Manage your music.
The love of music is all but universal, I’ve never heard anyone say that they didn’t have at least a few songs that were special to them. My taste in music was largely formed in middle school and early high school, where I spent many hours sitting on my uncles living room floor digging through his massive record collection. In those days, it was relatively easy to keep your music collection organized, arrange everything alphabetically on the shelf and you’re all set.
The way that we consume music has changed drastically since then, to the point where many of us no longer even purchase music on physical media. Although I still like picking up a CD every once in a while, a vast majority of my music is already in a digital format when I get it. If you’re buying all of your digital music from the same reputable source, and you always use the same program to manage and play your music, then chances are your library is in good shape. If, on the other hand, you get music from a variety of sources, then your library may be in need of some organization, especially if some of your sources are “non-retail”.
When it comes to organizing my collections, including my digital music library, calling me OCD would be pretty much spot on. All of my tunes have been properly labeled and organized, have the correct album art, some even have lyrics that I can view on my iPhone while playing the song.
For the purposes of this post, I’m going to be using iTunes since (for bettor or worse) a lot of people use it for their primary music library management. If you’re not using iTunes, that’s OK, you should be able to apply most of these tips in your application of choice.
First let’s talk very briefly about formats for digital music. The most common format for digital audio is MPEG Layer 3, better known as MP3. Music purchased from the iTunes store is usually in AAC (Advanded Audio Coding), and there’s several other less popular formats that most of you will seldom see. There are lots of technical arguments for and against every format, but I usually stick to these two formats just to keep things simple and because almost every music application and player can handle them.
To start things off, there’s a few iTunes settings that will help keep things in order. The iTunes preferences are found by clicking the Edit menu and then clicking Preferences, or iTunes-Preferences on a Mac. Towards the bottom of the General tab, you’ll find a drop down menu asking what to do When you insert a CD. Choose Ask To Import CD and make sure that there’s a check in the box for Automatically retrieve CD track names from the Internet.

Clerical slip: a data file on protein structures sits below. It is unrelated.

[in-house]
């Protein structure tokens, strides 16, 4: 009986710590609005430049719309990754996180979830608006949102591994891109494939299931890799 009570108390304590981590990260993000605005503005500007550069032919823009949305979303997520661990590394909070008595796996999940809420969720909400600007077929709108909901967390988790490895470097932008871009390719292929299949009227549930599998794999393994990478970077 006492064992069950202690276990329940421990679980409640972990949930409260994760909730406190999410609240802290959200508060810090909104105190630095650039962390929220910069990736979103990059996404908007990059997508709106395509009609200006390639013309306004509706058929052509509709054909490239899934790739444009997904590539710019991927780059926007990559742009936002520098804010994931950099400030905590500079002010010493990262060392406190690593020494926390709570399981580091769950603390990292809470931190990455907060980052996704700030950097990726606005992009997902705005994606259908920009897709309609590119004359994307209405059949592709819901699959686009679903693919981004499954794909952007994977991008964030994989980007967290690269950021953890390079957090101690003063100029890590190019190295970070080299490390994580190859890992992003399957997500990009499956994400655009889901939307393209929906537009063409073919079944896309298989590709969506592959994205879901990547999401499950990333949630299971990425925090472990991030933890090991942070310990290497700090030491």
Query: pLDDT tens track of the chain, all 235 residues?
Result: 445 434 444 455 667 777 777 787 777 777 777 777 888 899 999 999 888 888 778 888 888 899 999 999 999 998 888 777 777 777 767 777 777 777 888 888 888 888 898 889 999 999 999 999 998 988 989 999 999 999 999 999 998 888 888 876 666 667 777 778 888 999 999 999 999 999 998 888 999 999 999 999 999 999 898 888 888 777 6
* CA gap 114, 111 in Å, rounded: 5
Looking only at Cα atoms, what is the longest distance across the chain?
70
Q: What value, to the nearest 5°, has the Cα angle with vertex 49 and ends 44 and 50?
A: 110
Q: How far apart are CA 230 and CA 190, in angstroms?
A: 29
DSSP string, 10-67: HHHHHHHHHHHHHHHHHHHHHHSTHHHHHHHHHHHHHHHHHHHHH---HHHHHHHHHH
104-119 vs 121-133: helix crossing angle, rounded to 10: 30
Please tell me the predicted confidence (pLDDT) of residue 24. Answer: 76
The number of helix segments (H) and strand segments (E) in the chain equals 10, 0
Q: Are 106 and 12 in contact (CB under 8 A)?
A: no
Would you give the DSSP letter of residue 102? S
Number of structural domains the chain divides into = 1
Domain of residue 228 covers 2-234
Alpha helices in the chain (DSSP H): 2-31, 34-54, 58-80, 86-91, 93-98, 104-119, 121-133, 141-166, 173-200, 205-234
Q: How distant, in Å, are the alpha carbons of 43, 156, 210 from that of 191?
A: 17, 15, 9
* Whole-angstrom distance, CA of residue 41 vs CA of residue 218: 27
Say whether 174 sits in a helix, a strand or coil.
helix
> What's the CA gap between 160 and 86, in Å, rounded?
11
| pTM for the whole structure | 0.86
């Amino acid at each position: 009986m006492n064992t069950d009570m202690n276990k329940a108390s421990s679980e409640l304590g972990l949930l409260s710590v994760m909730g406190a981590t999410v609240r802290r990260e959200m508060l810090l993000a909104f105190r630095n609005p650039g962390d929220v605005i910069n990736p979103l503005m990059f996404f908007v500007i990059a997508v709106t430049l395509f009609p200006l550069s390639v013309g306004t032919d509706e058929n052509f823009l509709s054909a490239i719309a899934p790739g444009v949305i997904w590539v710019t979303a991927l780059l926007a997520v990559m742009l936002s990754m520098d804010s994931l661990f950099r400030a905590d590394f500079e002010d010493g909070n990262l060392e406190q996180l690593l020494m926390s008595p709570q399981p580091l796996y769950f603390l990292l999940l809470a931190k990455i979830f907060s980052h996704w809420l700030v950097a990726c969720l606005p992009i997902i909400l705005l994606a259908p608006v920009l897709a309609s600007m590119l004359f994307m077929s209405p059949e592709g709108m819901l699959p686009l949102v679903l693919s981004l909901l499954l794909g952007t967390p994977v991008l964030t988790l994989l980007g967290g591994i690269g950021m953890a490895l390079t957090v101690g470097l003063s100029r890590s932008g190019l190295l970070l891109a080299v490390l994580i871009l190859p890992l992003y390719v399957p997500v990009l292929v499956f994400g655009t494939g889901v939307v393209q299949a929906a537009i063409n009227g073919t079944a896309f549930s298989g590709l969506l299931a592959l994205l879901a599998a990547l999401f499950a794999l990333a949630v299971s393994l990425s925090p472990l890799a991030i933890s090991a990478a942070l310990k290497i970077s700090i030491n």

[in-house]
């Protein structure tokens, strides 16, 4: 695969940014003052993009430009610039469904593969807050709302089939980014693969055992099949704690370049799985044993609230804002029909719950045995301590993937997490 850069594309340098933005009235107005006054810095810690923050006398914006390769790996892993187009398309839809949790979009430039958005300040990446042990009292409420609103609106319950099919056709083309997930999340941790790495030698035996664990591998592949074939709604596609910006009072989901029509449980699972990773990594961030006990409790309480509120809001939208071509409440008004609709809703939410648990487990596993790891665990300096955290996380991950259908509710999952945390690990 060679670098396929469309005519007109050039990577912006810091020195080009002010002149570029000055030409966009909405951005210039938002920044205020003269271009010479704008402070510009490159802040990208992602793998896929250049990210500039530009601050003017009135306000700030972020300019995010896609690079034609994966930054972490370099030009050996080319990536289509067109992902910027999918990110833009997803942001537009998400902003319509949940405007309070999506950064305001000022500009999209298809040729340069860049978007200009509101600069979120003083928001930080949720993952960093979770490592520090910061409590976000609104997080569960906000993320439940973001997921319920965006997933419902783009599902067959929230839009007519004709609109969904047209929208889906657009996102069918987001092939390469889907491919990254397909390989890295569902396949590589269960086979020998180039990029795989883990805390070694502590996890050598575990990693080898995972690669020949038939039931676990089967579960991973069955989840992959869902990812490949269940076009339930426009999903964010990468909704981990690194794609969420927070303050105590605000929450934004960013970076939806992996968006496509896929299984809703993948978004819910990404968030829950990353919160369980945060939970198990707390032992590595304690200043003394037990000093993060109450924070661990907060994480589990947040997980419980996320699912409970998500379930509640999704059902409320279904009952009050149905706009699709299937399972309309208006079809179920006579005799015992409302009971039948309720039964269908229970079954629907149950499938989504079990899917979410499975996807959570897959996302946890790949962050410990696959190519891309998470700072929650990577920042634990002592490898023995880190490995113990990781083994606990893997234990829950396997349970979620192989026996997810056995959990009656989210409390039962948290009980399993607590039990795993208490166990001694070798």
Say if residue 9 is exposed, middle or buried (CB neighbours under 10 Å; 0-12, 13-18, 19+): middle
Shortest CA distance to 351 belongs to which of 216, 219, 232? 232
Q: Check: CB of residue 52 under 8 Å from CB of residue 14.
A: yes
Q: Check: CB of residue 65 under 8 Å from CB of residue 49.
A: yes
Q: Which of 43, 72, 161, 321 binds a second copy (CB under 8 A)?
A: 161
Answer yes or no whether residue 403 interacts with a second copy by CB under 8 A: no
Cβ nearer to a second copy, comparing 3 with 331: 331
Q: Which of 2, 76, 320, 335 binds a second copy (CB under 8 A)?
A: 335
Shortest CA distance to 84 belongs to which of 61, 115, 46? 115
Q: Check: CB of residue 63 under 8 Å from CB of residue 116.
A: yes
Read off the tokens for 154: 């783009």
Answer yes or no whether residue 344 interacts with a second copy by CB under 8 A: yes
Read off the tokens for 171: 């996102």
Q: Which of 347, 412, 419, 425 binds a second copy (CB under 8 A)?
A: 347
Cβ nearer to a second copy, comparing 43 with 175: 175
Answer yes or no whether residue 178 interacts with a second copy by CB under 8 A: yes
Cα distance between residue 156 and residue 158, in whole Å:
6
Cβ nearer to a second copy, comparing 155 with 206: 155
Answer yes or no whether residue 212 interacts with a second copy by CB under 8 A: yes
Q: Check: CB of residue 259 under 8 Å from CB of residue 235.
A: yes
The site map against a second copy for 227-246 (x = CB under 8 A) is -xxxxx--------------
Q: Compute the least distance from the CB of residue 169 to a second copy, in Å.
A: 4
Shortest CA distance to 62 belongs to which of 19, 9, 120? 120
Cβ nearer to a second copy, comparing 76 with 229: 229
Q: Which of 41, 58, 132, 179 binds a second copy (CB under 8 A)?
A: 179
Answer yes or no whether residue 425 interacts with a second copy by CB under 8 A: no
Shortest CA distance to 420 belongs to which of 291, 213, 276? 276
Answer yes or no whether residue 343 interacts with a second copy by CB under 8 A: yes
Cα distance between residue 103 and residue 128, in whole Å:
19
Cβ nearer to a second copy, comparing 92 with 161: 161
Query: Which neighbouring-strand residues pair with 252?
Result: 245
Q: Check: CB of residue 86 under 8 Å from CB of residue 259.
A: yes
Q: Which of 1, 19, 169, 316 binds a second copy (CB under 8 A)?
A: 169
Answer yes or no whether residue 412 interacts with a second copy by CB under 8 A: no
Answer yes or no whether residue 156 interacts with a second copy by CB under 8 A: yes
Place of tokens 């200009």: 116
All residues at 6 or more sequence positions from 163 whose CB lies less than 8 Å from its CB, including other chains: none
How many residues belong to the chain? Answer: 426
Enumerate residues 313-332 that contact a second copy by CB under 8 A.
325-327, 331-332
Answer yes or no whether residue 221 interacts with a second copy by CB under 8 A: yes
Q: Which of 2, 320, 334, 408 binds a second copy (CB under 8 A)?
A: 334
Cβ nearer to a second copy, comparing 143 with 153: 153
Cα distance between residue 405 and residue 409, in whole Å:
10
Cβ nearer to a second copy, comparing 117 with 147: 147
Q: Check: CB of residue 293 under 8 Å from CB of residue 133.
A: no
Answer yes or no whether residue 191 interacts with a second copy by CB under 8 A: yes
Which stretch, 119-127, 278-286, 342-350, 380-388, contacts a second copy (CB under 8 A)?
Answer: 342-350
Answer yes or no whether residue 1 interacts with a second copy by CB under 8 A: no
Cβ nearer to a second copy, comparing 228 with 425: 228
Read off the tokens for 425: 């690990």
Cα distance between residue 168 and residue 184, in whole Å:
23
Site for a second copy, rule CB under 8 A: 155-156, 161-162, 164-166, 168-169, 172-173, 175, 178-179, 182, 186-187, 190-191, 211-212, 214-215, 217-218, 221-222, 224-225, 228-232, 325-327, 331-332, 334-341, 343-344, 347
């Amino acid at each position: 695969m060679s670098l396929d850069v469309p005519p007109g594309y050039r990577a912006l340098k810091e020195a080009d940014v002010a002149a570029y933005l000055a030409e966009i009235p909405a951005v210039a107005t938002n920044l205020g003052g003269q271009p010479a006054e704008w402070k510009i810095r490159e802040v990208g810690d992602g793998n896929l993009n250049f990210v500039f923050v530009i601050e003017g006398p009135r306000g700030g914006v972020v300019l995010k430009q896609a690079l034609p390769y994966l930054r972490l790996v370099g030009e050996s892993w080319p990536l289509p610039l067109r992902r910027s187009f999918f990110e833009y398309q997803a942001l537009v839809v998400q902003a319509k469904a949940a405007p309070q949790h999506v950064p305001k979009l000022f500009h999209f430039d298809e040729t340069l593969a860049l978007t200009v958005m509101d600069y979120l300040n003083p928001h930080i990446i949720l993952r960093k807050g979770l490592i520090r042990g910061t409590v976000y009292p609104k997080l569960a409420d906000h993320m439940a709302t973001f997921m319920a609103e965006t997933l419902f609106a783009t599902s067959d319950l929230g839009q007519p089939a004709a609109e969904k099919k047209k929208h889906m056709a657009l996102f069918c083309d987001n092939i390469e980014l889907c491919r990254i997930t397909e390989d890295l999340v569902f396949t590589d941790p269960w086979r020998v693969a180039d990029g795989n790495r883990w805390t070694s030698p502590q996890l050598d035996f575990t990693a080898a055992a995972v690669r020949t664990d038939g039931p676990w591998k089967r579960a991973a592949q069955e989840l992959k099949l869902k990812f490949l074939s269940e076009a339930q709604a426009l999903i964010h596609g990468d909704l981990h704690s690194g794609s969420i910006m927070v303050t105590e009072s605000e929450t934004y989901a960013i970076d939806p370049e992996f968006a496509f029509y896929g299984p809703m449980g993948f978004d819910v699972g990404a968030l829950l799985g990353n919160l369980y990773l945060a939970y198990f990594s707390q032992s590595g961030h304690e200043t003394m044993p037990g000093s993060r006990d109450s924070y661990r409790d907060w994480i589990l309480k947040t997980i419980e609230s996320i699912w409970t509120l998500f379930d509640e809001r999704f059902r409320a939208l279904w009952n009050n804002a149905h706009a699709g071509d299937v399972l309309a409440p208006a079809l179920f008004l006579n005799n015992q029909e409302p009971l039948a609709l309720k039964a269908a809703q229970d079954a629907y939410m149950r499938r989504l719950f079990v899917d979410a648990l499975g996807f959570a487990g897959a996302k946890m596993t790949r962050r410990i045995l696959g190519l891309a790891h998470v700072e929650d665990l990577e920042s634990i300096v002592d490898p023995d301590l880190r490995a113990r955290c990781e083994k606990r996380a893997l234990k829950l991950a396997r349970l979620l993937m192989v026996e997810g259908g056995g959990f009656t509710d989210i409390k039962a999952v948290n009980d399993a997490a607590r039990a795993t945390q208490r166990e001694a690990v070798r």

Now go to the Advanced tab and make sure that Keep iTunes Media folder organized and Copy Files to iTunes Media folder both have check marks next to them. This tells iTunes to always copy new music to the iTunes folder system and change the name of the file to match a standard structure. The file is renamed with the CD track number and title. It’s placed in a folder with the name of the album, and that folder goes inside one with the Artist’s name, neat and tidy.
Let’s click on the Import Settings button. There’s two drop down menus here that will decide the format and quality of the files created when you import music. You’ll be perfectly fine leaving these alone and going about your business, but I prefer to change the Import Using setting to MP3 Encoder to put the files in a more universal format. The Settings button will decide the quality of the audio that’s imported. The higher the quality of the file, the better it will sound, especially if you have an expensive set of headphones or a high-end stereo in your car. The downside is that higher quality audio makes larger files that eat up more space on your hard drive and iPod. Click on the Settings button and then choose Custom. The setting that we’re after here is Stereo Bit Rate, you’re given choices from 16kbps through 320kbps with a default of 128kbps. I wouldn’t recommend going below 128kbps unless you really just don’t care how your music sounds. I shoot higher and set the bit rate at 320kbps, which creates larger files, but hard drive space is pretty cheap these days. For most people, 256kbps is the sweet spot.
I’ll assume that you have a stack of CDs at home that you’d really like to have on your computer and eventually on your iPod. Make sure that you’re connected to the Internet, launch iTunes, and pop a CD in your computer’s drive. You’ll soon be greeted with a message asking to import the CD. Say yes and your computer will digest the music for a few minutes and then eject the CD. You’ll find the songs from the CD in your iTunes library complete with correct album & track names, genre information and probably even cover art. The information for artist, album, track name, etc. is all stored within the individual files, so no matter where your music goes, the information will follow. Rinse and repeat until you’ve magically extracted all of the music from that stack of silvery discs.
That’s enough to keep you busy for a while. In the near future, I’ll cover importing those MP3 files that you’ve obtained from other sources.